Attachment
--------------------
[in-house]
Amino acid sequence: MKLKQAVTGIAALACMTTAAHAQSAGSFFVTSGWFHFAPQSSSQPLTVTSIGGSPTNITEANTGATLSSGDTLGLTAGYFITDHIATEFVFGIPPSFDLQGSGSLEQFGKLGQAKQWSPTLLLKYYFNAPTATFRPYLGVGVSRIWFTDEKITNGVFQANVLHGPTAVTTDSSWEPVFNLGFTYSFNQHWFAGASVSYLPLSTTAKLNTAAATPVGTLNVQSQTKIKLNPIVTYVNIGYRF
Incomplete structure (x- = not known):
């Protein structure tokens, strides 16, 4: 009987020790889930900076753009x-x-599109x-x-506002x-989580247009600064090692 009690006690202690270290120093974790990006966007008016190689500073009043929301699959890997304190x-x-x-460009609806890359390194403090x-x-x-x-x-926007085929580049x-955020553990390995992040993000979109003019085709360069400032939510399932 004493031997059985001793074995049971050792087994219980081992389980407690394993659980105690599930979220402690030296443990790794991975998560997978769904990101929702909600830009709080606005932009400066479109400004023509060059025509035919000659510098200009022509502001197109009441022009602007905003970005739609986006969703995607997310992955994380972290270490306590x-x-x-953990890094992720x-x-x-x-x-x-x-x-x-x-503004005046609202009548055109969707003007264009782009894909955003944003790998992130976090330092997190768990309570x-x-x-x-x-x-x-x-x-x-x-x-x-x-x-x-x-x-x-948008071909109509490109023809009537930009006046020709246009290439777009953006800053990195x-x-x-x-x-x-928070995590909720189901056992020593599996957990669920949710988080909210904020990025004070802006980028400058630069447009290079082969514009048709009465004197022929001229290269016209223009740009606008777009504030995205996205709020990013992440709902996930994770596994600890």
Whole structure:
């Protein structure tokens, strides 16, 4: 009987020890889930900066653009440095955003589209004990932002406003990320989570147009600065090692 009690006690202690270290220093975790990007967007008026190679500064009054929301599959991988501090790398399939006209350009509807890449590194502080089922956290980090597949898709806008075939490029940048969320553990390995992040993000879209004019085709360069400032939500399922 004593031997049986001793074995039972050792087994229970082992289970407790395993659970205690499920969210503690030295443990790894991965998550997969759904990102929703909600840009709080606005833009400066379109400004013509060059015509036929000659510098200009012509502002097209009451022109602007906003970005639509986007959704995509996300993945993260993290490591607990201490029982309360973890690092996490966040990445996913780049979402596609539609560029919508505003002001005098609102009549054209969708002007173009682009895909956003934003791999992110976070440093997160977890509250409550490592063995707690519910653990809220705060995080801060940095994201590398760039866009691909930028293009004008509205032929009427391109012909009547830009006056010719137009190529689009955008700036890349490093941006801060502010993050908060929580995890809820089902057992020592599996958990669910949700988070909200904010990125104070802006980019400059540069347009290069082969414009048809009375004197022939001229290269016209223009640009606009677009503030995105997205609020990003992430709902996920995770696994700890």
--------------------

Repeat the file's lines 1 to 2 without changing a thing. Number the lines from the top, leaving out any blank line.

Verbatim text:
[in-house]
Amino acid sequence: MKLKQAVTGIAALACMTTAAHAQSAGSFFVTSGWFHFAPQSSSQPLTVTSIGGSPTNITEANTGATLSSGDTLGLTAGYFITDHIATEFVFGIPPSFDLQGSGSLEQFGKLGQAKQWSPTLLLKYYFNAPTATFRPYLGVGVSRIWFTDEKITNGVFQANVLHGPTAVTTDSSWEPVFNLGFTYSFNQHWFAGASVSYLPLSTTAKLNTAAATPVGTLNVQSQTKIKLNPIVTYVNIGYRF